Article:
– [Damien] Yeah, I have an experienced of watching like a young relative online, just talking with her and she’s doing “Minecraft” projects. Her and her friends basically built like a “Minecraft” world over a weekend, like completely decentralized. It was a school project, but and they went through all the planning stages and they built everything in this world and it was all working and she’s in her like early teems. And so much of like our education systems, which we really value because we fought to get them like universal education, but is it really helping people now to send all of our kids off to schools where they’re largely being babysat, I think. And what do we actually have to do and change in our society just to release people to do this, ’cause creativity is really our natural default state and we have to have it kind of crushed out of us to go and participate in our consumer culture at the moment. And the reason why we consume, why it’s called the consumer culture is ’cause that’s what we fill the space where that should be created. And along with storytelling, this is my insight from my 10 years working in Leicester that we would do things like the team I was working with, put on poetry nights, painting events, anything to give people a space to have some creative outlet and be celebrated by their community for that. And honestly, in terms of mental health and then a lot of physical health that came on, that’s the best intervention I’ve ever seen for people, thought greater than the medication or one-to-one therapies where people need community, they need celebration, they need creative outlet. And when they find that, they just start to become their full potential, it doesn’t need much more than that. Zubin
– [Zubin] No, no, that’s the story we need to be telling, that’s a story we need to be telling. So it’s interesting because we talked about how each human recapitulates kind of the general growth of the species in some way and previous species and so on. For me when I went through medicine, I found the creativity that I always connect to when I was younger, was beaten out of me to some degree out of necessity, because there’s only so much brain space and you have to do this and you have to be professional and there’s a lot of external pressure on you and so on. And so it would creep out in certain ways on rounds with the students and so on. And I do the comedy in little creative bits, but it was pretty much crushed out to me. The way that I assuaged my emptiness was I was a consumer of high-end audio gear. So I would collect vacuum tube amps and turntables and I would listen to jazz with high-end headphones and obsessed neurotically about different cables and how they sounded differently and different power sources, just hours of time, neurotically fiddling with this stuff, trying to fill a hole that never was filled, it was never quite enough. And then as I transitioned to making videos, to making music videos, to doing parodies, to being a creative and starting to do that full time, the contrast in happiness and fulfillment, in connection in peace was exponentially different. And I think if we gave people the opportunity, like you said, I think school is like a conditioning, babysitting thing right now. I think Sir Ken Robinson talks about this in a very… I had the honor of meeting him and we got to talk for awhile, brilliant guy, and communicates very well about the failures of our education system. If we really encourage and enabled creativity, which means, hey, if AI can do all the menial stuff, then we can focus on what actually matters. But yeah, I think that’s where we have to go.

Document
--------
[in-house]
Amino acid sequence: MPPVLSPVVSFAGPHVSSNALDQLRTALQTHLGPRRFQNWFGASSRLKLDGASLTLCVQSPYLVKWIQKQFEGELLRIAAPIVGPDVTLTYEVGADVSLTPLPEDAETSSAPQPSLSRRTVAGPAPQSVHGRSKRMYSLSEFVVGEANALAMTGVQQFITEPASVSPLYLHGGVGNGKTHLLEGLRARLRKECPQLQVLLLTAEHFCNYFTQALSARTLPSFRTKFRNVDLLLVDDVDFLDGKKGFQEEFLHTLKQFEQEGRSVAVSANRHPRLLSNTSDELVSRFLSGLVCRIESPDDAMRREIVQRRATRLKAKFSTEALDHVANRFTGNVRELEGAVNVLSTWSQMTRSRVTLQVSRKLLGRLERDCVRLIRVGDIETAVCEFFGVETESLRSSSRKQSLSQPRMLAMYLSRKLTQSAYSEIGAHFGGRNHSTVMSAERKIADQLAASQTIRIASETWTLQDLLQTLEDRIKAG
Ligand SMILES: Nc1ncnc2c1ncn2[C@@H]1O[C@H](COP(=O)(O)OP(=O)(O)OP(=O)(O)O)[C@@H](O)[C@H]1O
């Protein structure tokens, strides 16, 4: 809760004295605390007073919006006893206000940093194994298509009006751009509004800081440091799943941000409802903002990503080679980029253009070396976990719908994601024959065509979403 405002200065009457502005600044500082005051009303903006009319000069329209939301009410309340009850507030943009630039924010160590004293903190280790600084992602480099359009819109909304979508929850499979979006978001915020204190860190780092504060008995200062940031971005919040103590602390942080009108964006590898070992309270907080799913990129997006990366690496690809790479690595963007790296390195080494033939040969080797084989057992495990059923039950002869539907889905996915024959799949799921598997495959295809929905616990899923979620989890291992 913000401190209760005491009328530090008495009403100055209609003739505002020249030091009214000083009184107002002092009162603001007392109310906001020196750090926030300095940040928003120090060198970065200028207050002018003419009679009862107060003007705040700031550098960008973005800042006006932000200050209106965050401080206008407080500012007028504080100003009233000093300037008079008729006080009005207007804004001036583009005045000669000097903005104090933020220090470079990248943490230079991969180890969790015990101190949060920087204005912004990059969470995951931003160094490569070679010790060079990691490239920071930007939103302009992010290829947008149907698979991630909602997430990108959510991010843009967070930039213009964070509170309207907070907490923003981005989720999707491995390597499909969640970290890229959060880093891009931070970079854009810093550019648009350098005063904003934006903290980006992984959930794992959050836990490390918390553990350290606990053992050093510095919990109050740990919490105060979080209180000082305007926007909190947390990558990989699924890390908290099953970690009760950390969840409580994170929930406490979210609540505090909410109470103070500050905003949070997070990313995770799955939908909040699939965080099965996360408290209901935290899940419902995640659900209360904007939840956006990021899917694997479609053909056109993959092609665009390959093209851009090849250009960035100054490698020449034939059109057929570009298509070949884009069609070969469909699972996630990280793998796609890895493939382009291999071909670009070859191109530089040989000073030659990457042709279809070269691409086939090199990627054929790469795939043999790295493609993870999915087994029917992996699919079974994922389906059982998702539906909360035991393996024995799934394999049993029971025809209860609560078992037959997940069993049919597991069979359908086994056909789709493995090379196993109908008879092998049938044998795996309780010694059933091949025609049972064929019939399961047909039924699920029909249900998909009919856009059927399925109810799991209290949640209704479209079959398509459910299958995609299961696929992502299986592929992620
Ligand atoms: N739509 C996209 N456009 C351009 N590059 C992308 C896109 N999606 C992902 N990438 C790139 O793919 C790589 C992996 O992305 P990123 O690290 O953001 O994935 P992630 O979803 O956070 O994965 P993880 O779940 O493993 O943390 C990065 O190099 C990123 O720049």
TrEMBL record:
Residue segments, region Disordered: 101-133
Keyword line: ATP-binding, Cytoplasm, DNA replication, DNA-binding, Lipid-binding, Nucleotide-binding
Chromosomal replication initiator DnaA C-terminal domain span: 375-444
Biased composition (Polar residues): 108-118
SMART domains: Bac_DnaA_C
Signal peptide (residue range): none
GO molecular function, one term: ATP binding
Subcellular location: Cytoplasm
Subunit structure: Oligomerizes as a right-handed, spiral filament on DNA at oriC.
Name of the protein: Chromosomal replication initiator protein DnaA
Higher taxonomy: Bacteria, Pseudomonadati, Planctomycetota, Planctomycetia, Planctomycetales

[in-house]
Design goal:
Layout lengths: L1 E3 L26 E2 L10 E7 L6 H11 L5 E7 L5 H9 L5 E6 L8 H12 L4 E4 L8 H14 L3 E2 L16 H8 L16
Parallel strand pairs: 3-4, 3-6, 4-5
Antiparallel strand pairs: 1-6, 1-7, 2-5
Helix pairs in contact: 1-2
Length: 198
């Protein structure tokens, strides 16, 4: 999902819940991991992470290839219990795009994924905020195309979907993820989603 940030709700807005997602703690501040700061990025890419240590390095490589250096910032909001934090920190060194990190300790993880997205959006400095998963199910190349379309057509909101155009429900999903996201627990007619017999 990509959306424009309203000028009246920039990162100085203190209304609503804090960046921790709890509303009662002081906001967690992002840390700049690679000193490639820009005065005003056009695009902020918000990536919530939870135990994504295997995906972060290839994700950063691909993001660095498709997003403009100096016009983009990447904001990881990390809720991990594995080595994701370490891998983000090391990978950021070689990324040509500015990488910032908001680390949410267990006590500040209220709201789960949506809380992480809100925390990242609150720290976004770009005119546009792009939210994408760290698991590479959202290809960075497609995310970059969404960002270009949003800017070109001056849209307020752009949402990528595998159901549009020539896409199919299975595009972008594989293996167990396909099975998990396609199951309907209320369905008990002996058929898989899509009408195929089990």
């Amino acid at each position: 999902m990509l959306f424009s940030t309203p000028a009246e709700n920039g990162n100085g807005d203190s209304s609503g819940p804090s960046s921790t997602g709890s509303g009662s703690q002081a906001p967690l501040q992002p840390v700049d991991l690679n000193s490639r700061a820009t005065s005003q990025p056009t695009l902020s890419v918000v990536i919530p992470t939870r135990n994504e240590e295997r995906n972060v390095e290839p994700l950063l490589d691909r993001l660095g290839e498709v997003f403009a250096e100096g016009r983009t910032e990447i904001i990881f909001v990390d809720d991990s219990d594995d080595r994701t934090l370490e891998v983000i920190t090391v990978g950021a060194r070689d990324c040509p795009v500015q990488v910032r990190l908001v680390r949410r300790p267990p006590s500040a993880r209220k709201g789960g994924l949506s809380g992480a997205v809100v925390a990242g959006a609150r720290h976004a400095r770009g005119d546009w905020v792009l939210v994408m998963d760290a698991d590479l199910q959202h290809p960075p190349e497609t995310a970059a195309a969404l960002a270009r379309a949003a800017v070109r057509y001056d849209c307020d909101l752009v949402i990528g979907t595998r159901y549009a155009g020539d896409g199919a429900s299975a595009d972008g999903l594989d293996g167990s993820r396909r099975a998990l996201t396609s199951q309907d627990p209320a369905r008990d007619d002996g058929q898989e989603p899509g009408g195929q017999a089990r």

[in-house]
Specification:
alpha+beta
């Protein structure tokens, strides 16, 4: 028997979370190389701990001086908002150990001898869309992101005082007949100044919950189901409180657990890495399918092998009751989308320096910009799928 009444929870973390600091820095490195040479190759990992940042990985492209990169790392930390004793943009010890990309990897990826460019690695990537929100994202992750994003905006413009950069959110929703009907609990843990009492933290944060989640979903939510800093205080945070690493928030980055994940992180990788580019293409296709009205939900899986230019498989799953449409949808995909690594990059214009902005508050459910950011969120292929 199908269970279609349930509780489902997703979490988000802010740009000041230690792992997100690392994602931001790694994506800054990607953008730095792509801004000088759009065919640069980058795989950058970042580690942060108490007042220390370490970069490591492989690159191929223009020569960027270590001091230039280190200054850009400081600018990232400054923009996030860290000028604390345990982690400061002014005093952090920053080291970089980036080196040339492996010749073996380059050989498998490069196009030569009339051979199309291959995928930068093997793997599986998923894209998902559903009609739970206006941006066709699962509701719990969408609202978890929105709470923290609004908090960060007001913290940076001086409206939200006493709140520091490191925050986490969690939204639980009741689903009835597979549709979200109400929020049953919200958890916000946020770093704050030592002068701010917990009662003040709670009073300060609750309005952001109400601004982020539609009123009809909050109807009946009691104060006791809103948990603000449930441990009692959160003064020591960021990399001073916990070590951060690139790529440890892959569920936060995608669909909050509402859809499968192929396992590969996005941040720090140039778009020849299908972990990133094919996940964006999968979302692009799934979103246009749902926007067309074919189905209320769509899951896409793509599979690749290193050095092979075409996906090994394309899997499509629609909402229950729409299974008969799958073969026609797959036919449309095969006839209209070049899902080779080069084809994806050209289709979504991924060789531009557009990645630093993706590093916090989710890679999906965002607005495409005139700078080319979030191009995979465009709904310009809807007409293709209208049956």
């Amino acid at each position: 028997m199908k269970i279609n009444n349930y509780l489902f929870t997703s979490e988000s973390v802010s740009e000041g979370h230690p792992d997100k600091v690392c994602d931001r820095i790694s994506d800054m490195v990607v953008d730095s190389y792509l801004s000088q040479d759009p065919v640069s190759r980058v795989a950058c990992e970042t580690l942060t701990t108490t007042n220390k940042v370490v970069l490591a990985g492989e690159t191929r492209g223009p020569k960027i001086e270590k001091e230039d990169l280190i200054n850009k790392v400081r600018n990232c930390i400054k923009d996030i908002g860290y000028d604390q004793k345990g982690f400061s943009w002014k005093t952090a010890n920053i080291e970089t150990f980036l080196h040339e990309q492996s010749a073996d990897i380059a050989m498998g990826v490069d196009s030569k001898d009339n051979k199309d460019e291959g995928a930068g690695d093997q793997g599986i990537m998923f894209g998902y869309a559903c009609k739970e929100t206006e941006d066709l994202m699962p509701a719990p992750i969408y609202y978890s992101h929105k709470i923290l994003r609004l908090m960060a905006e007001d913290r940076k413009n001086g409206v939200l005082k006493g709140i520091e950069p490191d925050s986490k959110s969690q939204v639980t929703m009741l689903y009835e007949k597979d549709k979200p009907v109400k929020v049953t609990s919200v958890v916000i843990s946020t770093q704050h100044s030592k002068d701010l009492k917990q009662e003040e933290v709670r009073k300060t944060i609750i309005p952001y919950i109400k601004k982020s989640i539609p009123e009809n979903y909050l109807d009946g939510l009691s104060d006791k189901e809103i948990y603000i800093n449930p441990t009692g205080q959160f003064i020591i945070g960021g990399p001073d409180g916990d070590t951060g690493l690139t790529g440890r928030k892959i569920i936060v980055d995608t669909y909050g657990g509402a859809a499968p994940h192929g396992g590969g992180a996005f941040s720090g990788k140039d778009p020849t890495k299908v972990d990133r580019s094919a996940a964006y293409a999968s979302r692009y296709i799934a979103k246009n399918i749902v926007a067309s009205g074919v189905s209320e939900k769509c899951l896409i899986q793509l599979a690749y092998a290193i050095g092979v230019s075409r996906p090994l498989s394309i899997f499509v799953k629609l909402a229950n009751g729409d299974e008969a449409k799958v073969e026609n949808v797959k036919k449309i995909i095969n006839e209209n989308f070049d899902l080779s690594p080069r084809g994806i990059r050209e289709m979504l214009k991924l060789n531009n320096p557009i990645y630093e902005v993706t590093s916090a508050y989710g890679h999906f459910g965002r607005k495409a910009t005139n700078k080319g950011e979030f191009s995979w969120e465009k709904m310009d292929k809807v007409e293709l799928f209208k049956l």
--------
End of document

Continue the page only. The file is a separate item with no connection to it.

– [Damien] Well, we got so much evidence now about the underlying causes of mental health, everything from systemic things like depression, to the really serious issues, schizophrenia, into addiction issues, the addictions which are just kind of rippling for our society. And I think you understand these even better than I do, and I think creativity is widely understood, is the answer to all of this, ’cause human beings can bear so much if it has meaning from a perspective of Vervaeke’s meaning crisis, again. And it’s not about everybody being a YouTuber, but I think this is not the greatest trying to creativity out there. A trend that we see in society so much is the person who is burnt out and they just wanna go and be on a phone and dig some stuff up on the phone, ’cause you’re once again, actually related to something really meaningful that you’re having an impact on. I see it in anger about the lockdowns in COVID, ’cause people are being removed from their meaning. And I think our conservative friends are much better at being closely related to this. That business that you’re running, which has been shut down, that’s not just a job somewhere, it’s the thing that you have built and it’s your meaning in life. And you have every right to be angry if you’re made to shut it down, even if it is for ultimately for the best. So we need our creativity in the broadest sense and that’s one of the values we can take from our conservative structures that we lost, I think.